Accessibility navigation

Storytelling in song: television music, narrative and allusion in 'The O.C.'

Woods, F. (2013) Storytelling in song: television music, narrative and allusion in 'The O.C.'. In: Jacobs, J. and Peacock, S. (eds.) Television Aesthetics and Style. Bloomsbury, London, pp. 199-208. ISBN 9781441157515

[img] Text - Accepted Version
· Restricted to Repository staff only
· The Copyright of this document has not been checked yet. This may affect its availability.


It is advisable to refer to the publisher's version if you intend to cite from this work. See Guidance on citing.


Television’s long-form storytelling has the potential to allow the rippling of music across episodes and seasons in interesting ways. In the integration of narrative, music and meaning found in The O.C. (Fox, FOX 2003-7), popular song’s allusive and referential qualities are drawn upon to particularly televisual ends. At times embracing its ‘disruptive’ presence, at others suturing popular music into narrative, at times doing both at once. With television studies largely lacking theories of music, this chapter draws on film music theory and close textual analysis to analyse some of the programme's music moments in detail. In particular it considers the series-spanning use of Jeff Buckley’s cover of ‘Hallelujah’ (and its subsequent oppressive presence across multiple televisual texts), the end of episode musical montage and the use of recurring song fragments as theme within single episodes. In doing so it highlights music's role in the fragmentation and flow of the television aesthetic and popular song’s structural presence in television narrative. Illustrating the multiplicity of popular song’s use in television, these moments demonstrate song’s ability to provide narrative commentary, yet also make particular use of what Ian Garwood describes as the ability of ‘a non-diegetic song to exceed the emotional range displayed by diegetic characters’ (2003:115), to ‘speak’ for characters or to their feelings, contributing to both teen TV’s melodramatic affect and narrative expression.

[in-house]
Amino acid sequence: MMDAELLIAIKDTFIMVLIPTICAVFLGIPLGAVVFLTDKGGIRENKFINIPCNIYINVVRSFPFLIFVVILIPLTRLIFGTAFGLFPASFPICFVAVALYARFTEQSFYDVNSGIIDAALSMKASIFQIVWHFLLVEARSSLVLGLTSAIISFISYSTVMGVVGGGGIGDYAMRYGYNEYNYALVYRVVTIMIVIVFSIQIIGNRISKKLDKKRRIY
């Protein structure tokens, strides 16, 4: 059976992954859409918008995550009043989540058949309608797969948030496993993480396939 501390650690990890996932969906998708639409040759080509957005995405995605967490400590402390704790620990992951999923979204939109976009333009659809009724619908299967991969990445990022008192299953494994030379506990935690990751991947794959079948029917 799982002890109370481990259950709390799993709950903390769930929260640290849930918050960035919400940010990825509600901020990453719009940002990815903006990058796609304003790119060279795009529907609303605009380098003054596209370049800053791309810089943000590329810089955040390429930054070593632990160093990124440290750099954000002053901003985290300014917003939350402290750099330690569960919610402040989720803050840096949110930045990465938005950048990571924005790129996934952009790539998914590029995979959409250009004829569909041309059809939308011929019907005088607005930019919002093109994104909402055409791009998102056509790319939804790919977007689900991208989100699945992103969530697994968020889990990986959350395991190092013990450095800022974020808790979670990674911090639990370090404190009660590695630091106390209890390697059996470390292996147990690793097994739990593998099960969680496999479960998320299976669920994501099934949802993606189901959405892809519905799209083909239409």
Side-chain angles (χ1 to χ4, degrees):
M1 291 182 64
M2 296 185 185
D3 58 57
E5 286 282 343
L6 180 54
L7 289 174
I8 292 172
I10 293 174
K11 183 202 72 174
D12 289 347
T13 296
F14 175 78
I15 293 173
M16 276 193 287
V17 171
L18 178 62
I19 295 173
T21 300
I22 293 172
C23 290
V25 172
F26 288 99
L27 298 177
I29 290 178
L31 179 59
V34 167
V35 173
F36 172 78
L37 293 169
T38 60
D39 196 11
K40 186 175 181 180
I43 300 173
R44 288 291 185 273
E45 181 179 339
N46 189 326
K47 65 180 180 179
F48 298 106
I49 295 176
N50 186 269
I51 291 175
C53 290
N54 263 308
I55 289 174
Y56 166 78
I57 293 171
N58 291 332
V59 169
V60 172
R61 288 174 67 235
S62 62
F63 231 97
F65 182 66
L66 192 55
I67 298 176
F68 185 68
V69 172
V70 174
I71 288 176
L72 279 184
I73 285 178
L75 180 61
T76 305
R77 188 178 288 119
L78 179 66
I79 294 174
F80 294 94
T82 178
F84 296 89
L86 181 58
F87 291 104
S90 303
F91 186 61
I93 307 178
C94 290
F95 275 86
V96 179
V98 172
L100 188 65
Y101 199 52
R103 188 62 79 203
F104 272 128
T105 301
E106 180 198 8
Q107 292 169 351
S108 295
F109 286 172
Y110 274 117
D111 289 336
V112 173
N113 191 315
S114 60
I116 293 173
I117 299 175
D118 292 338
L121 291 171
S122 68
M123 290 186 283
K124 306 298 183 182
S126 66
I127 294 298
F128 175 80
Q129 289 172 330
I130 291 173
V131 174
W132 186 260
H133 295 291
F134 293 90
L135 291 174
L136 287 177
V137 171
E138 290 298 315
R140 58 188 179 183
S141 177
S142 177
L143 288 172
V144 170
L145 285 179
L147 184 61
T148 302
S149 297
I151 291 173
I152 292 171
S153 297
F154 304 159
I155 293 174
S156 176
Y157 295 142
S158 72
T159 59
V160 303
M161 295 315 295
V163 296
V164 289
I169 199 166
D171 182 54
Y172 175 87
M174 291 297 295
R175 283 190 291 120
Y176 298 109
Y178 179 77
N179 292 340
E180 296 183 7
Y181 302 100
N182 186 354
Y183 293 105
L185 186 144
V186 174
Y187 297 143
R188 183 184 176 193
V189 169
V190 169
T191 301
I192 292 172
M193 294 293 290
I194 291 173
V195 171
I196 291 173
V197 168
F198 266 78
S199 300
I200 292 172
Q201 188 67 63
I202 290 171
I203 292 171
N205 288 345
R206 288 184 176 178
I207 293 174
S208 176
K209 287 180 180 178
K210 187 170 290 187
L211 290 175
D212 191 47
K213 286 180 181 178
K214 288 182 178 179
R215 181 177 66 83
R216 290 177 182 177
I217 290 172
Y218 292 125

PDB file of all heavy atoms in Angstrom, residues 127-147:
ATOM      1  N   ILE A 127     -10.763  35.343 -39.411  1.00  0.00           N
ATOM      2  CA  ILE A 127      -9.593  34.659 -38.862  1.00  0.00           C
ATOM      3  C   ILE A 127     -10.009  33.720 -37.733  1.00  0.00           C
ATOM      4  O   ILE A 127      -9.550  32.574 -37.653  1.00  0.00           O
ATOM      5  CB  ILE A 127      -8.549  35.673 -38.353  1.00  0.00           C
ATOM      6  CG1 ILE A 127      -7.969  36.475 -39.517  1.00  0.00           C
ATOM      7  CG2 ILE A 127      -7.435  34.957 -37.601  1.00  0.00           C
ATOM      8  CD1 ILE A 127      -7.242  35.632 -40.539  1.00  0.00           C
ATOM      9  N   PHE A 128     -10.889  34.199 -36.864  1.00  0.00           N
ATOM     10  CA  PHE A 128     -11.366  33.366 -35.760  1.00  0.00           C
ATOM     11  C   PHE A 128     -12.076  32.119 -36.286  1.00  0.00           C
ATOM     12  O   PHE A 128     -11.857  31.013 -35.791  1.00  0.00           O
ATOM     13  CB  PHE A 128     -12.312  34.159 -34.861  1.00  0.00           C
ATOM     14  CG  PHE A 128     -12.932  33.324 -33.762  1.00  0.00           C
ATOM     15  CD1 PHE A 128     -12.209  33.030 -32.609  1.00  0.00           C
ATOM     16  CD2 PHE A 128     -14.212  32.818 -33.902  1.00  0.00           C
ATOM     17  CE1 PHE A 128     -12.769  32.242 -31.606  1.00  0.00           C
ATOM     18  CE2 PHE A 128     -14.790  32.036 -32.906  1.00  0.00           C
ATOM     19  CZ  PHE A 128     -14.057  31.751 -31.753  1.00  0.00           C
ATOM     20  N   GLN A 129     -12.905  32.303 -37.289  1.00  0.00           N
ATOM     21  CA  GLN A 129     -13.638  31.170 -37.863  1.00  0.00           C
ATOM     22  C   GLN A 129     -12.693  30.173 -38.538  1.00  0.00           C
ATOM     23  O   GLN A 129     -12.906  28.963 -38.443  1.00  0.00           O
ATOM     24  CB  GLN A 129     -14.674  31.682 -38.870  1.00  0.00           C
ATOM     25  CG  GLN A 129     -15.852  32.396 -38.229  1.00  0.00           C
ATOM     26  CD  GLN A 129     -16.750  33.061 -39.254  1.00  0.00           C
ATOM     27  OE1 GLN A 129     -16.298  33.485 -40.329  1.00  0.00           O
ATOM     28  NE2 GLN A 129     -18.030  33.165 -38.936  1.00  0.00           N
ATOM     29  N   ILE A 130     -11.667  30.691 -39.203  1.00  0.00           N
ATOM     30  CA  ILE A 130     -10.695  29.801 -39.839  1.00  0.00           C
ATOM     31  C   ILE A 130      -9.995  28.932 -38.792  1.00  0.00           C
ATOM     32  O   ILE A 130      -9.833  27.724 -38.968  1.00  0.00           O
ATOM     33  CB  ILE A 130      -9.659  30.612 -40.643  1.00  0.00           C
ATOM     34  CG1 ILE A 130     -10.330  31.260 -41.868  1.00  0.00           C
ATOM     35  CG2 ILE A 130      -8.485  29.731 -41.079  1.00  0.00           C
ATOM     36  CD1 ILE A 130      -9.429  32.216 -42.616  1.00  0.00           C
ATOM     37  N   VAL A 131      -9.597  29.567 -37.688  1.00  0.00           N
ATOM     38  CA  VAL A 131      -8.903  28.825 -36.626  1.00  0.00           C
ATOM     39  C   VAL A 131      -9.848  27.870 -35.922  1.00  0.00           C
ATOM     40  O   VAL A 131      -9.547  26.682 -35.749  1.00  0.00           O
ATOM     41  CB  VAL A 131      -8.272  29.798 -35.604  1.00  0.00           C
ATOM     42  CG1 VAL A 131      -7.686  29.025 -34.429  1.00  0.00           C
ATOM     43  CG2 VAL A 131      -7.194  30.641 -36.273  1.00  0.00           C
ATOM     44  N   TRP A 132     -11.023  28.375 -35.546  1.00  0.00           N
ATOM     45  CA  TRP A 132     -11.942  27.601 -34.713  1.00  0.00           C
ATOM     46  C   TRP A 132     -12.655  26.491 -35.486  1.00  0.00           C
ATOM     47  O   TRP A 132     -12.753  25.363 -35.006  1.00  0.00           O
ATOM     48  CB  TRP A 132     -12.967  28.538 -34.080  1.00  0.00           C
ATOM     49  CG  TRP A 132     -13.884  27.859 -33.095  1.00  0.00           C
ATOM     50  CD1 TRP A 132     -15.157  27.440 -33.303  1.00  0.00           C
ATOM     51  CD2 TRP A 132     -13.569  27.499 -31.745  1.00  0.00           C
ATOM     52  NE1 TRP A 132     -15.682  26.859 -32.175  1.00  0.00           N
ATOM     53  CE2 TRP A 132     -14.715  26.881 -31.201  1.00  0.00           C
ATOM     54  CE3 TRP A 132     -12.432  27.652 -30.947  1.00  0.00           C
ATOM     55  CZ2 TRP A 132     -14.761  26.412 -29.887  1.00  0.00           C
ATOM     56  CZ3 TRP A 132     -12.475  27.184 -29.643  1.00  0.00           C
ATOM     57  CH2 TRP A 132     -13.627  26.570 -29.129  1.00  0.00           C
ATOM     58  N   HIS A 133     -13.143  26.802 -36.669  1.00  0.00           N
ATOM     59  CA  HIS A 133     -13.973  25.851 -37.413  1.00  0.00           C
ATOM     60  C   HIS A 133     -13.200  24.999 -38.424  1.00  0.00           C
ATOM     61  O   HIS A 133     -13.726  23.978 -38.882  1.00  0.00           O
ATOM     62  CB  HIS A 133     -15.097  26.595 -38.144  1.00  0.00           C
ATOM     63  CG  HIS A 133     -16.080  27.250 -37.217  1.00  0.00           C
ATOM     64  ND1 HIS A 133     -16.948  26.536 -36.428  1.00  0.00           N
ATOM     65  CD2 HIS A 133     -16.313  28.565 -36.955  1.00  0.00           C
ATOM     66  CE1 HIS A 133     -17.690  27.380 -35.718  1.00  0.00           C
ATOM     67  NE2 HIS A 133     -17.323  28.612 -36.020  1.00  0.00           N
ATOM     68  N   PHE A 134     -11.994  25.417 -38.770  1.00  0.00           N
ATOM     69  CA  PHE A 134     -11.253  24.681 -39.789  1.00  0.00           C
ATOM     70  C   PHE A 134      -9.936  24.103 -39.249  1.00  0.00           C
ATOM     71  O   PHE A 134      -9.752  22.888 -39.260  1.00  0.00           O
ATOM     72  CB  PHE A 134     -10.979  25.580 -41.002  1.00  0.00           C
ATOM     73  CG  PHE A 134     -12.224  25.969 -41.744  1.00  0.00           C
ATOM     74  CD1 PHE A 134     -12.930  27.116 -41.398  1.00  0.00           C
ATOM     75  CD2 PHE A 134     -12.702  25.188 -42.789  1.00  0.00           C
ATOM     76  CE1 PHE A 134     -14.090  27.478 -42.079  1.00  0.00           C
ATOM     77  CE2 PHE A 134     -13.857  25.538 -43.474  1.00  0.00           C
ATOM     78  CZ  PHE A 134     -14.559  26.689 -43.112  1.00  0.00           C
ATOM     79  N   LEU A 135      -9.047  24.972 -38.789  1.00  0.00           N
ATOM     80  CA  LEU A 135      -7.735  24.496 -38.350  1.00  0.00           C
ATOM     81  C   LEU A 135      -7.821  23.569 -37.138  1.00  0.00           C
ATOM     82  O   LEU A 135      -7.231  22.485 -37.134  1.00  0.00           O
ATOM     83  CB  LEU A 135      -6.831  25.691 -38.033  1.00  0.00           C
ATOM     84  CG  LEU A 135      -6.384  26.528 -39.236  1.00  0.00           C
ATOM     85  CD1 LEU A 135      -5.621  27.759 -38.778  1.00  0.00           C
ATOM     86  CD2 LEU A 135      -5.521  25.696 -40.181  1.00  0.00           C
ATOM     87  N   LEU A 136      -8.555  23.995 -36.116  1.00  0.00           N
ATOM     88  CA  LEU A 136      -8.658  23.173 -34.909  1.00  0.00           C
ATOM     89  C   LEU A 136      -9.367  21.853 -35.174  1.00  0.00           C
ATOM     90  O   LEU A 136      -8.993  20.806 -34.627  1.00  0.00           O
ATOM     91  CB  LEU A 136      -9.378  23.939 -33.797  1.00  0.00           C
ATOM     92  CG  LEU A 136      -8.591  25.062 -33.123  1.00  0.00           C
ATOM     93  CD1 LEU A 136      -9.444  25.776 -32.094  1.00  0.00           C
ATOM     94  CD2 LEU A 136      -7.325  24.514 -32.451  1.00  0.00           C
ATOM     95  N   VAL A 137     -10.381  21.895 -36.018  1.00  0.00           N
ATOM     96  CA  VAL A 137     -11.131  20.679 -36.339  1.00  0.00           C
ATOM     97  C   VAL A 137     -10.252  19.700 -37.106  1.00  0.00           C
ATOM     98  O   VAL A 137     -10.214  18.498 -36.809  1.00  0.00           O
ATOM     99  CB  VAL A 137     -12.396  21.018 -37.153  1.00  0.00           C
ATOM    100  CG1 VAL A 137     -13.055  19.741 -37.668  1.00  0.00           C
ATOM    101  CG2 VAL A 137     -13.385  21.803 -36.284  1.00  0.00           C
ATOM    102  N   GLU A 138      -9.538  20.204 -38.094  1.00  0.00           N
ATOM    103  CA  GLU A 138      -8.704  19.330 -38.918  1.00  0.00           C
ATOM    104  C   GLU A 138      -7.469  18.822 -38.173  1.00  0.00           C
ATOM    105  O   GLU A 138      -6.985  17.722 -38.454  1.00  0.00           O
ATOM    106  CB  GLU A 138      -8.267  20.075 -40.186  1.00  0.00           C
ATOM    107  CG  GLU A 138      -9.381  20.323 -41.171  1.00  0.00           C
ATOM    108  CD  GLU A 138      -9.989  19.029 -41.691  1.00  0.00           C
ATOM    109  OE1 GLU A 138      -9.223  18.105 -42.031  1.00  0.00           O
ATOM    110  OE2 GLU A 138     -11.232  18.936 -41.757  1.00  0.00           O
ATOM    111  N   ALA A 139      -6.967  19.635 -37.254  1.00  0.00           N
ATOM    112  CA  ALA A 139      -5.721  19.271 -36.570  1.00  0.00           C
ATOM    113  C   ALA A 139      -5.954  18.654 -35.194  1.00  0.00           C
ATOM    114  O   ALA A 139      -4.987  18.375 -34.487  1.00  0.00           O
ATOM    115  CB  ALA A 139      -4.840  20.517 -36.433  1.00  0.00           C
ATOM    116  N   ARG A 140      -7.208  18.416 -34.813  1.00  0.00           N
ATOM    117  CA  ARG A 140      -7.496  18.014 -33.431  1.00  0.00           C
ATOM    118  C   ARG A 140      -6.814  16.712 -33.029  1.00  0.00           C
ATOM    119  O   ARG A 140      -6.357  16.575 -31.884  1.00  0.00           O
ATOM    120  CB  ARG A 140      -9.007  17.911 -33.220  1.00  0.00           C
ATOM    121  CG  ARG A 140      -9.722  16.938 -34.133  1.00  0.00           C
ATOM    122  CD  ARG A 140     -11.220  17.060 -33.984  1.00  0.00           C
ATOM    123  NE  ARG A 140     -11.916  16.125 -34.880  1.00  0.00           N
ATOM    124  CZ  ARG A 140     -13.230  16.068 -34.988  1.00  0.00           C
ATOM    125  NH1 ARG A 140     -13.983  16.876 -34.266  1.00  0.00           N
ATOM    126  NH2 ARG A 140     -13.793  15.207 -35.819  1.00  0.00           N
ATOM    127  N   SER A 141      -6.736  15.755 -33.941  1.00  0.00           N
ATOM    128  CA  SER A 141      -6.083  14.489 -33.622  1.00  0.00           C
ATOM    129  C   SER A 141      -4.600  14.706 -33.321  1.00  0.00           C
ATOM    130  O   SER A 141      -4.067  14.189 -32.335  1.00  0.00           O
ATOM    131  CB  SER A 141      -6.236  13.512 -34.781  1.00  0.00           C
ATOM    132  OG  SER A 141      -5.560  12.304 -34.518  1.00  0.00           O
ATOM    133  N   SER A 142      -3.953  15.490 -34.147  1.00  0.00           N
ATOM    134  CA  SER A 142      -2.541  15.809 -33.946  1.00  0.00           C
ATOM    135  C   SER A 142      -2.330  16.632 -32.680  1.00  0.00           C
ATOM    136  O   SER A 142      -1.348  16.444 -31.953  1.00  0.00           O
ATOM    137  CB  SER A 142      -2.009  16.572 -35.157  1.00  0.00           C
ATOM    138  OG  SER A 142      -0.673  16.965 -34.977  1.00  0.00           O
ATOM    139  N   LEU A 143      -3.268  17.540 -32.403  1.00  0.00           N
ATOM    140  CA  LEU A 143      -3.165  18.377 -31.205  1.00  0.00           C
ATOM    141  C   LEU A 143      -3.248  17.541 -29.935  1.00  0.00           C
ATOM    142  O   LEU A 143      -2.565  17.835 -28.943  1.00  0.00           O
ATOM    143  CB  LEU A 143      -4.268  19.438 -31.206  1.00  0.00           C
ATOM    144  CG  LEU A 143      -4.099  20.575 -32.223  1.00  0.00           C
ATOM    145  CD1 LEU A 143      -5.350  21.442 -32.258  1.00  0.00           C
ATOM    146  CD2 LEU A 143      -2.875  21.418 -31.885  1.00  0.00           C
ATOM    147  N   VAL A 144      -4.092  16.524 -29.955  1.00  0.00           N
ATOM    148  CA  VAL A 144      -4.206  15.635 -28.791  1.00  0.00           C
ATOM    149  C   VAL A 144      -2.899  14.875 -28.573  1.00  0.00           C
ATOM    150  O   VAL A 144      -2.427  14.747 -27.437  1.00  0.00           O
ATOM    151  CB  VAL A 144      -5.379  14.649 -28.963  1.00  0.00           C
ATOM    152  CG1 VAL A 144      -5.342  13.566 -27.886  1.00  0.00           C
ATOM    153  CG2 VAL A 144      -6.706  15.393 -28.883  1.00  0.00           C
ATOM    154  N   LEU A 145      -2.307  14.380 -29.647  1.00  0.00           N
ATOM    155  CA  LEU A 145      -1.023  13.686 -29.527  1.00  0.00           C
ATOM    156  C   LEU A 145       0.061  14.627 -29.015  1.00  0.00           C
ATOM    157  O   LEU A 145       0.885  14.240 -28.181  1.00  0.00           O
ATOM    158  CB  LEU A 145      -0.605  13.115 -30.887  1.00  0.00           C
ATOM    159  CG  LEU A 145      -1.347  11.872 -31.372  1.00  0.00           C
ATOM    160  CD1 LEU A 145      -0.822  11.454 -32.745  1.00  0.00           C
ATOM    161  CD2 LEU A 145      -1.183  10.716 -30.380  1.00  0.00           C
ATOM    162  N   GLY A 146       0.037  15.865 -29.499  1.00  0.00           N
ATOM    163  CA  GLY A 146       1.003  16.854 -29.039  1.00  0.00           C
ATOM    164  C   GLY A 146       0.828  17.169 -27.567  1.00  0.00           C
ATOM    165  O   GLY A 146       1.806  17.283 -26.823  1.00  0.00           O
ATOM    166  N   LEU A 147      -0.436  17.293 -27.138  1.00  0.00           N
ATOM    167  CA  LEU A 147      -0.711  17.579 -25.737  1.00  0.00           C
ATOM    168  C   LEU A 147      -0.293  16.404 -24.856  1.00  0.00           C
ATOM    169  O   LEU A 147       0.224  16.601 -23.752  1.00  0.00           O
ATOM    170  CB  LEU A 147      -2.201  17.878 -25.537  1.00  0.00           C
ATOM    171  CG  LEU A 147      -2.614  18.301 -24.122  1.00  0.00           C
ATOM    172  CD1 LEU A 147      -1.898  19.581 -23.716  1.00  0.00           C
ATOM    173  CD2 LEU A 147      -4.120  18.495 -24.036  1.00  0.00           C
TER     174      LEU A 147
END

Item Type:Book or Report Section
Divisions:Arts, Humanities and Social Science > School of Arts and Communication Design > Film, Theatre & Television
ID Code:33187

University Staff: Request a correction | Centaur Editors: Update this record

Page navigation